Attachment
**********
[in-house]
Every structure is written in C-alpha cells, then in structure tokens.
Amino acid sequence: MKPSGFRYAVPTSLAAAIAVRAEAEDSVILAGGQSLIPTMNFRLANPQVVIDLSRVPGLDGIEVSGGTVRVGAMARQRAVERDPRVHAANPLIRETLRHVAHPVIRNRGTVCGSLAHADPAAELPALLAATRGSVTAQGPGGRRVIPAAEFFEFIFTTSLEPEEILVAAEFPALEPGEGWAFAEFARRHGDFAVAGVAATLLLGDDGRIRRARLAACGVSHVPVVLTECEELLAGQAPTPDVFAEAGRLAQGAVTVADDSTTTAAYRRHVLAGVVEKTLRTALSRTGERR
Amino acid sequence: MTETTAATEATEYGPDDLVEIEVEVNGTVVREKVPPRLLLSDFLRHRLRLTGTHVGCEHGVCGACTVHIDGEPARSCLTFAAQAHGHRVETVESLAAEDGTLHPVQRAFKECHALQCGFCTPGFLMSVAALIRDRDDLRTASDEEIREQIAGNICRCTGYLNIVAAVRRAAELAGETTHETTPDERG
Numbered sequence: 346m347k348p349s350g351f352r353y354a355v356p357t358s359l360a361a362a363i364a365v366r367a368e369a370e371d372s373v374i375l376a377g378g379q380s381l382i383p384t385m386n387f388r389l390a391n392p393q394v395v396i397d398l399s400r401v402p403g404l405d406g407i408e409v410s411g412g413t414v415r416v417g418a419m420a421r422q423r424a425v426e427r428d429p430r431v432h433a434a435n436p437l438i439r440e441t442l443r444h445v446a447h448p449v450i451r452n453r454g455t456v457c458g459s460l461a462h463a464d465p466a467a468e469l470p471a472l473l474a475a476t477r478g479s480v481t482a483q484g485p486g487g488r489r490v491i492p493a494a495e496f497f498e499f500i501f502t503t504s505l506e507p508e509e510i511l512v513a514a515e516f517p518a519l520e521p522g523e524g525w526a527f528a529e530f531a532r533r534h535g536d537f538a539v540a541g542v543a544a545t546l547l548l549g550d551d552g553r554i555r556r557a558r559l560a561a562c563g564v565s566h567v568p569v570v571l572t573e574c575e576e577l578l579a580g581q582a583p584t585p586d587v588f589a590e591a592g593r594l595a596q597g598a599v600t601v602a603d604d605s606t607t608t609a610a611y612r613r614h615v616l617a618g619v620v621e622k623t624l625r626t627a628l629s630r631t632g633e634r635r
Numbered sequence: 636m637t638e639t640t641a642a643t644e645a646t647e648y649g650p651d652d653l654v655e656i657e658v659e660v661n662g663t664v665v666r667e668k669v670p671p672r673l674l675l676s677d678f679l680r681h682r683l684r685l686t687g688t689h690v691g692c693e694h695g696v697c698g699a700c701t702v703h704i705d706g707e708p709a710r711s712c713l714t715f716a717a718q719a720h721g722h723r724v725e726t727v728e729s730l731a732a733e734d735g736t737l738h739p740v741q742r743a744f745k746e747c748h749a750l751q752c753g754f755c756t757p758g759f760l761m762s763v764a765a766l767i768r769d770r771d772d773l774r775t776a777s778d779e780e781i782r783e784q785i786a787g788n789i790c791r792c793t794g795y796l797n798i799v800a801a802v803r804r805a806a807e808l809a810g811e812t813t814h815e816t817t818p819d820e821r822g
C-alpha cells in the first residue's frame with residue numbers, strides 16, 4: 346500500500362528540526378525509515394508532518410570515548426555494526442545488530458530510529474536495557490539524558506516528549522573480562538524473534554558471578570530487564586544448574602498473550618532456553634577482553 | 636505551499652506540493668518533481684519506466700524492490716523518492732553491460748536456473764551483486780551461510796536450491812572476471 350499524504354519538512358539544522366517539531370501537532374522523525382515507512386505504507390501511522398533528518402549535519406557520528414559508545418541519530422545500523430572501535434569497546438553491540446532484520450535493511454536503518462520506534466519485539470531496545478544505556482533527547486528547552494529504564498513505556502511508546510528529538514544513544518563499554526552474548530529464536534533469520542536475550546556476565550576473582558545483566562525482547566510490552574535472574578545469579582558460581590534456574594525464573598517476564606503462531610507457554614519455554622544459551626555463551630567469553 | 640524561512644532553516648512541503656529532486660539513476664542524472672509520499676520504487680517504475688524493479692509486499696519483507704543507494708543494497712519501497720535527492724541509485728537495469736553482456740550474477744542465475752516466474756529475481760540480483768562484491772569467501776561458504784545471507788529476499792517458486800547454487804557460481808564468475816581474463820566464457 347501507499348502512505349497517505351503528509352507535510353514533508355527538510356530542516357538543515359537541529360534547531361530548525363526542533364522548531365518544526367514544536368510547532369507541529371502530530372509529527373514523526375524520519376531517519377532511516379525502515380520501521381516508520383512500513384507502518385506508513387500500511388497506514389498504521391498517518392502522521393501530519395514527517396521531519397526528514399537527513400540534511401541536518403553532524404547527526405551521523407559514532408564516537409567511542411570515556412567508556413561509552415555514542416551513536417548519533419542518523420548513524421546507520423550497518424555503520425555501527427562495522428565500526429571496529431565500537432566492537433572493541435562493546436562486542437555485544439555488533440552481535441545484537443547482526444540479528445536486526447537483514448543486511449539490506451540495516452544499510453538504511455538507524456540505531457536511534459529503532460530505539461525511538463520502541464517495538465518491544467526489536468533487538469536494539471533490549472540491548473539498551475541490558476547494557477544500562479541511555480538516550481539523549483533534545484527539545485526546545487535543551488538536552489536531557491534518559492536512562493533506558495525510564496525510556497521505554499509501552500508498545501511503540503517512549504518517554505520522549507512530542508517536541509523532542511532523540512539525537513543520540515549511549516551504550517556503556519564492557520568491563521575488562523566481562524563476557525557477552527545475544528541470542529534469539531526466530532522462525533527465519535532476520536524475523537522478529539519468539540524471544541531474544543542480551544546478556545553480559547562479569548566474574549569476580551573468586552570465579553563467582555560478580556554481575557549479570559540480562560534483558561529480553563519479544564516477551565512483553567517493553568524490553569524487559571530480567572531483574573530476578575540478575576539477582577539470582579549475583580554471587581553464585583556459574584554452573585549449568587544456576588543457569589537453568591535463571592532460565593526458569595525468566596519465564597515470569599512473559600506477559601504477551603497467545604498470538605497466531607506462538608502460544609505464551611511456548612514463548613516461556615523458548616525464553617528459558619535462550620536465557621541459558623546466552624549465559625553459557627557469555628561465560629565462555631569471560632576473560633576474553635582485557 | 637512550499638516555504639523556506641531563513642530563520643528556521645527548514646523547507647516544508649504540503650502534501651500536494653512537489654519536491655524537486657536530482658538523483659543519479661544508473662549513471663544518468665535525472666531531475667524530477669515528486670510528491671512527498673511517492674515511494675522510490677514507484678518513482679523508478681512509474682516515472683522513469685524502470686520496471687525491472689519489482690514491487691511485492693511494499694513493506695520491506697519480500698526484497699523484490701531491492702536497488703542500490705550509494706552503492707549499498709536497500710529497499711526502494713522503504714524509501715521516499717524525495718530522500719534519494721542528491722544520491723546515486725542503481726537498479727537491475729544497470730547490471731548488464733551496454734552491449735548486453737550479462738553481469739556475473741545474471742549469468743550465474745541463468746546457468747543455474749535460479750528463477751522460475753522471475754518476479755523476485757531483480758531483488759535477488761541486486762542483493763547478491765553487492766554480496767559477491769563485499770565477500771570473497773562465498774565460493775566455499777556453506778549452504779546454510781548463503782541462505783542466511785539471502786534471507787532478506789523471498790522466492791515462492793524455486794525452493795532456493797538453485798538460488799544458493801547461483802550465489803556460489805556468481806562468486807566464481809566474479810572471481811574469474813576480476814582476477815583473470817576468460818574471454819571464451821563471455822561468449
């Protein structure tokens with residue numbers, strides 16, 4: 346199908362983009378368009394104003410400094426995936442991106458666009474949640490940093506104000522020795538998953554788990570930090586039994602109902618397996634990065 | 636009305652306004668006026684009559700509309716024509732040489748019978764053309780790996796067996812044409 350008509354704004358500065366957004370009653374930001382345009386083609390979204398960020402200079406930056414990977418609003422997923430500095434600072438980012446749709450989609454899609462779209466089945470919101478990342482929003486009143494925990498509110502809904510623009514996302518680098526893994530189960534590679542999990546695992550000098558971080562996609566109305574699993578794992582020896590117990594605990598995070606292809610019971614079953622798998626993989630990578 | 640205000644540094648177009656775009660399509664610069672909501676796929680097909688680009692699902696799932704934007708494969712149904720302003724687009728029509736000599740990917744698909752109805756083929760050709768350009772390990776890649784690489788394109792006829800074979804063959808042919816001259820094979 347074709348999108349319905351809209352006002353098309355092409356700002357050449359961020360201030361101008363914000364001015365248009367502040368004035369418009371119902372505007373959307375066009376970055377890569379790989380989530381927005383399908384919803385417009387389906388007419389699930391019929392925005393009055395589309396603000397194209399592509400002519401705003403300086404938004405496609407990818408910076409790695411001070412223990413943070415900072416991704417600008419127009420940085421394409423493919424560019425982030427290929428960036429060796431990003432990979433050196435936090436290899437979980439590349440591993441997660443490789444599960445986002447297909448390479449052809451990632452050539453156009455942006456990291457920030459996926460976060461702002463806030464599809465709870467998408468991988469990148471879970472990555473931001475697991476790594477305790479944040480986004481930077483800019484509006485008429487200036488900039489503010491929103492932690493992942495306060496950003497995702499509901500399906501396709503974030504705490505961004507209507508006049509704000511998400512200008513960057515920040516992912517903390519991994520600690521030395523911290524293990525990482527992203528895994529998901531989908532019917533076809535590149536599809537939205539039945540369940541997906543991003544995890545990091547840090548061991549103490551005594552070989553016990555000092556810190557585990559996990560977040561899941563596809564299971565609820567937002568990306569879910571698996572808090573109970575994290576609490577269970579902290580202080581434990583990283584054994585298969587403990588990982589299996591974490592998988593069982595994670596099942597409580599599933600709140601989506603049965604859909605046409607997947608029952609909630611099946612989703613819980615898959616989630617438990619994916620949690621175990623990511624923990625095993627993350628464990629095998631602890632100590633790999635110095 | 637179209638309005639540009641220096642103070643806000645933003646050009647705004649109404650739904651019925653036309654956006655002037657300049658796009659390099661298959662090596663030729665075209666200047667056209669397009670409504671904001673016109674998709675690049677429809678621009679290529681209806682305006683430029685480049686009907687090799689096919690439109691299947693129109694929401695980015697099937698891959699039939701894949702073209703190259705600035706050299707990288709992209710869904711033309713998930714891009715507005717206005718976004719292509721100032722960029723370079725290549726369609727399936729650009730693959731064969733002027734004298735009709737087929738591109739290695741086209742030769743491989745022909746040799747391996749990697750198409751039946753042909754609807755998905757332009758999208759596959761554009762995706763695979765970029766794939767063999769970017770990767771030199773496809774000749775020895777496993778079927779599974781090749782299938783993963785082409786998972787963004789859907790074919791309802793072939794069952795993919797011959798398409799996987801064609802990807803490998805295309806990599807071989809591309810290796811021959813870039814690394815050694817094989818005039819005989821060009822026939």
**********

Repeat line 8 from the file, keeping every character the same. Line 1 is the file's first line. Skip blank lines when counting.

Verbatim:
């Protein structure tokens with residue numbers, strides 16, 4: 346199908362983009378368009394104003410400094426995936442991106458666009474949640490940093506104000522020795538998953554788990570930090586039994602109902618397996634990065 | 636009305652306004668006026684009559700509309716024509732040489748019978764053309780790996796067996812044409 350008509354704004358500065366957004370009653374930001382345009386083609390979204398960020402200079406930056414990977418609003422997923430500095434600072438980012446749709450989609454899609462779209466089945470919101478990342482929003486009143494925990498509110502809904510623009514996302518680098526893994530189960534590679542999990546695992550000098558971080562996609566109305574699993578794992582020896590117990594605990598995070606292809610019971614079953622798998626993989630990578 | 640205000644540094648177009656775009660399509664610069672909501676796929680097909688680009692699902696799932704934007708494969712149904720302003724687009728029509736000599740990917744698909752109805756083929760050709768350009772390990776890649784690489788394109792006829800074979804063959808042919816001259820094979 347074709348999108349319905351809209352006002353098309355092409356700002357050449359961020360201030361101008363914000364001015365248009367502040368004035369418009371119902372505007373959307375066009376970055377890569379790989380989530381927005383399908384919803385417009387389906388007419389699930391019929392925005393009055395589309396603000397194209399592509400002519401705003403300086404938004405496609407990818408910076409790695411001070412223990413943070415900072416991704417600008419127009420940085421394409423493919424560019425982030427290929428960036429060796431990003432990979433050196435936090436290899437979980439590349440591993441997660443490789444599960445986002447297909448390479449052809451990632452050539453156009455942006456990291457920030459996926460976060461702002463806030464599809465709870467998408468991988469990148471879970472990555473931001475697991476790594477305790479944040480986004481930077483800019484509006485008429487200036488900039489503010491929103492932690493992942495306060496950003497995702499509901500399906501396709503974030504705490505961004507209507508006049509704000511998400512200008513960057515920040516992912517903390519991994520600690521030395523911290524293990525990482527992203528895994529998901531989908532019917533076809535590149536599809537939205539039945540369940541997906543991003544995890545990091547840090548061991549103490551005594552070989553016990555000092556810190557585990559996990560977040561899941563596809564299971565609820567937002568990306569879910571698996572808090573109970575994290576609490577269970579902290580202080581434990583990283584054994585298969587403990588990982589299996591974490592998988593069982595994670596099942597409580599599933600709140601989506603049965604859909605046409607997947608029952609909630611099946612989703613819980615898959616989630617438990619994916620949690621175990623990511624923990625095993627993350628464990629095998631602890632100590633790999635110095 | 637179209638309005639540009641220096642103070643806000645933003646050009647705004649109404650739904651019925653036309654956006655002037657300049658796009659390099661298959662090596663030729665075209666200047667056209669397009670409504671904001673016109674998709675690049677429809678621009679290529681209806682305006683430029685480049686009907687090799689096919690439109691299947693129109694929401695980015697099937698891959699039939701894949702073209703190259705600035706050299707990288709992209710869904711033309713998930714891009715507005717206005718976004719292509721100032722960029723370079725290549726369609727399936729650009730693959731064969733002027734004298735009709737087929738591109739290695741086209742030769743491989745022909746040799747391996749990697750198409751039946753042909754609807755998905757332009758999208759596959761554009762995706763695979765970029766794939767063999769970017770990767771030199773496809774000749775020895777496993778079927779599974781090749782299938783993963785082409786998972787963004789859907790074919791309802793072939794069952795993919797011959798398409799996987801064609802990807803490998805295309806990599807071989809591309810290796811021959813870039814690394815050694817094989818005039819005989821060009822026939």